So second-year flew by and I’m now in my third and final year of my undergraduate degree. I had such an amazing year. I met new people, I thoroughly enjoyed my course, I experienced lots of exciting things and I am ready to face the mountain of assignments and exams that I know I have to complete this year. I don’t think that it’s fully registered with me that I’m in my final year, it feels strange. Anyway, this post is all about things that I wish I was told at the start and during my second year of university.
Firstly, it is imperative to recognise that every student studies differently and each university expects different levels of work from students. So what I might have been told is different to the next student.
– I wish I knew how quick the year would go. I had an idea based on first-year but to think that I finished the year in May is astonishing. Second-year will fly by, so if you want to do or try something new, do fuss about, just do it because you’ll be going into the third year before you know it. You might find in third year that the workload is far greater and you might not have time to do things you might want to do.
– Set goals to meet and achieve during the year. This is something that will be fulfilling and rewarding by the end of the year to look back on. Some goals can be from achieving a certain grade during the year, meeting new people, joining a new society, deciding to get fit or anything else that you wish to pursue. My personal goal was to pick myself up from failing first year and try to get the best grade I can in second year. I managed to do this by achieving a first at the end of second year and it’s given me the confidence to go into third year with a focus.
– I wish I knew how much help was on offer to me. Obviously for me, joining a new university was always going to be challenging in terms of understanding how things work and are run. I honestly didn’t fully understand how much help was offered to me until the end of the year. Make the most of the facilities and help that is offered to you because just remember you are paying for the services available to you.
– I wish I knew more about the optional modules I could take. Most students in first year don’t have much choice when it comes to optional modules, however, in second year there tends to be more freedom with module choices. I know some students pick a module because it might not entail any exams or it is possibly seen as an easier module, however, a module should be chosen because it is of interest to the student. Read all the information you can on each optional module, so you know exactly what you will cover in the year.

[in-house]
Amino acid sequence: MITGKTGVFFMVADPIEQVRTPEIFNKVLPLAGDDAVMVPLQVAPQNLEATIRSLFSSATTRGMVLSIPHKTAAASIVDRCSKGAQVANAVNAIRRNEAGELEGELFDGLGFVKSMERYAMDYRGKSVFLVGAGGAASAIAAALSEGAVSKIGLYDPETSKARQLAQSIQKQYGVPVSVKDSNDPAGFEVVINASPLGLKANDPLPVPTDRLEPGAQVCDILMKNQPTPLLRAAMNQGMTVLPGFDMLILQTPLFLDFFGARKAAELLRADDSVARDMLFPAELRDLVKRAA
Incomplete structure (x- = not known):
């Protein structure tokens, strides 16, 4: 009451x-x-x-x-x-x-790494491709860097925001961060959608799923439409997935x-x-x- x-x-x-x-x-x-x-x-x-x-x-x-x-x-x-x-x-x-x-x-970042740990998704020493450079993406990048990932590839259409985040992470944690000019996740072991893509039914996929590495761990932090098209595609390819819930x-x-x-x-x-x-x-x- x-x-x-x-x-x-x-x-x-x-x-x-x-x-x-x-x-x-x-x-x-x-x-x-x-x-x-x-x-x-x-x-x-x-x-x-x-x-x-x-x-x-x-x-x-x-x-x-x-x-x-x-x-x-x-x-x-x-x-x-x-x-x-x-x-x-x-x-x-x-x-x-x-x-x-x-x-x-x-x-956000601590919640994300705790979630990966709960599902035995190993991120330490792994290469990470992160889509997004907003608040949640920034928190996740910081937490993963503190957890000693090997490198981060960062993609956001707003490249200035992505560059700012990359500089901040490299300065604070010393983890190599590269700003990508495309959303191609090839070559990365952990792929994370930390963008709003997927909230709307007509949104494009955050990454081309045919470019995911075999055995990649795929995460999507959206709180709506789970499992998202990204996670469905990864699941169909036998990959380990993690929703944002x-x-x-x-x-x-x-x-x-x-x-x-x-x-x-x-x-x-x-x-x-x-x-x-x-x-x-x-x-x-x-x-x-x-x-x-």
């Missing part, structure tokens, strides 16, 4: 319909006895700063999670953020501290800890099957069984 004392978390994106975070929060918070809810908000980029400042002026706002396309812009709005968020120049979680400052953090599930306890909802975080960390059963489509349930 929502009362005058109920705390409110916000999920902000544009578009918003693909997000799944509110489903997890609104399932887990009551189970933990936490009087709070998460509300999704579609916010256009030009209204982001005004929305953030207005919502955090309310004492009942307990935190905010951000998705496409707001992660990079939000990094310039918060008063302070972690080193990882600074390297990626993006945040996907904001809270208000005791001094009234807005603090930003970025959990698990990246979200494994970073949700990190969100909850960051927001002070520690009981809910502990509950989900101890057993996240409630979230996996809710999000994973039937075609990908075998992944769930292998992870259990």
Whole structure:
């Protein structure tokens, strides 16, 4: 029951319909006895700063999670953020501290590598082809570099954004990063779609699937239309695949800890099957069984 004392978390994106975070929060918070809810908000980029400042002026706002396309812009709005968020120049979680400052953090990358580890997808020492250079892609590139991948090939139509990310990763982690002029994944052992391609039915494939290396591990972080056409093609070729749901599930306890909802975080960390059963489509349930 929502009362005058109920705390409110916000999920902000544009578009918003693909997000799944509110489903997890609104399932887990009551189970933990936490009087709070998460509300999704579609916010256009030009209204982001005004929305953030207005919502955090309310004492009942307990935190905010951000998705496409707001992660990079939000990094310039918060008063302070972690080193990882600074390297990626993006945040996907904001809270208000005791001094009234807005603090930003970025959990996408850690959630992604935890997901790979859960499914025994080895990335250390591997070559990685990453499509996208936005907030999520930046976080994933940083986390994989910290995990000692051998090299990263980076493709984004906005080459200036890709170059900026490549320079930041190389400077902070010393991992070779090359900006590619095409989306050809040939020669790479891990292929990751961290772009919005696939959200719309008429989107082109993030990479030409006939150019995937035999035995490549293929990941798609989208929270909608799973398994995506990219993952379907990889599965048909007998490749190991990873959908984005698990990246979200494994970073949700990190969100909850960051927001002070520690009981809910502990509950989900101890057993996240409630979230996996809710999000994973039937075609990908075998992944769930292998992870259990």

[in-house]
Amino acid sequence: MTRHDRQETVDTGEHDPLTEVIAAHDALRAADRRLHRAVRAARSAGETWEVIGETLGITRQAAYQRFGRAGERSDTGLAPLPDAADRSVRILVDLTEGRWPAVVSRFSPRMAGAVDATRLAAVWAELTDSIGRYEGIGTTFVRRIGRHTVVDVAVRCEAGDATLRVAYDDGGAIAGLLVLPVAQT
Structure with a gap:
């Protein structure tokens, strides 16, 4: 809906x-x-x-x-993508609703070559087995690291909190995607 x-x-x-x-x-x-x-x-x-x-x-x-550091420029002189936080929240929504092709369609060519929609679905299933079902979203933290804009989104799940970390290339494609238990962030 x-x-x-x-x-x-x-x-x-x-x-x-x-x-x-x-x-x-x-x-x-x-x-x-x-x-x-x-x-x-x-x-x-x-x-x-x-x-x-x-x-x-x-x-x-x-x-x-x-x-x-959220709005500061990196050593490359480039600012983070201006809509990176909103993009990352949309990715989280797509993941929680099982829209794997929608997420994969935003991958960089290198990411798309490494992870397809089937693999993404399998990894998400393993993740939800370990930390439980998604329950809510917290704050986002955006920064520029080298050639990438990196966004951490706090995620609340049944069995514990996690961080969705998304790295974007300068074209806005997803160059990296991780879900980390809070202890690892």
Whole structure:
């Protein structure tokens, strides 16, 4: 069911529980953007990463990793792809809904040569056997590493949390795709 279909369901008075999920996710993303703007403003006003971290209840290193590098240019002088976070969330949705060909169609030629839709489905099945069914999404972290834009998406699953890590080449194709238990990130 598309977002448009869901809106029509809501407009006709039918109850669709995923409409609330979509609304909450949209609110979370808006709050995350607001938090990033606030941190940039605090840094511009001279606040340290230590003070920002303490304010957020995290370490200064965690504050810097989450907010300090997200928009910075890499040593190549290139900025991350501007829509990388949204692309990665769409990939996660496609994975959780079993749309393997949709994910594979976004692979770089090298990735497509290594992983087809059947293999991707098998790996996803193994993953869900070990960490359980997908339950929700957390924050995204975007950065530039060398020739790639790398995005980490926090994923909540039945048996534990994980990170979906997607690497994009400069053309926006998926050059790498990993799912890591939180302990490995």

– Second-year becomes considerably more serious, which makes you appreciate the relaxed nature of first year. There’s no doubt that second year is harder in terms of what is expected of you. There are higher standards to meet, noticeably more reading and the workload is heavier. Looking back at it, I wish I had put more effort and time into the whole of first year; from the work I had to complete on my course, to joining a society.
– Networking is key. Second-year is the perfect opportunity to network with potential employers because you will realise that third year is quite full on and you might not get the opportunity to connect with professionals. I wish I spent more time and effort with companies building relationships ready for the end of my third year. I was satisfied with the work I completed over the summer but I wish I had realised that I had a substantial amount of time to add vital industrial experience to my CV instead. I would highly recommend any second-year student to thoroughly consider summer placements and jobs that will add skills and experiences that would appeal to future employers.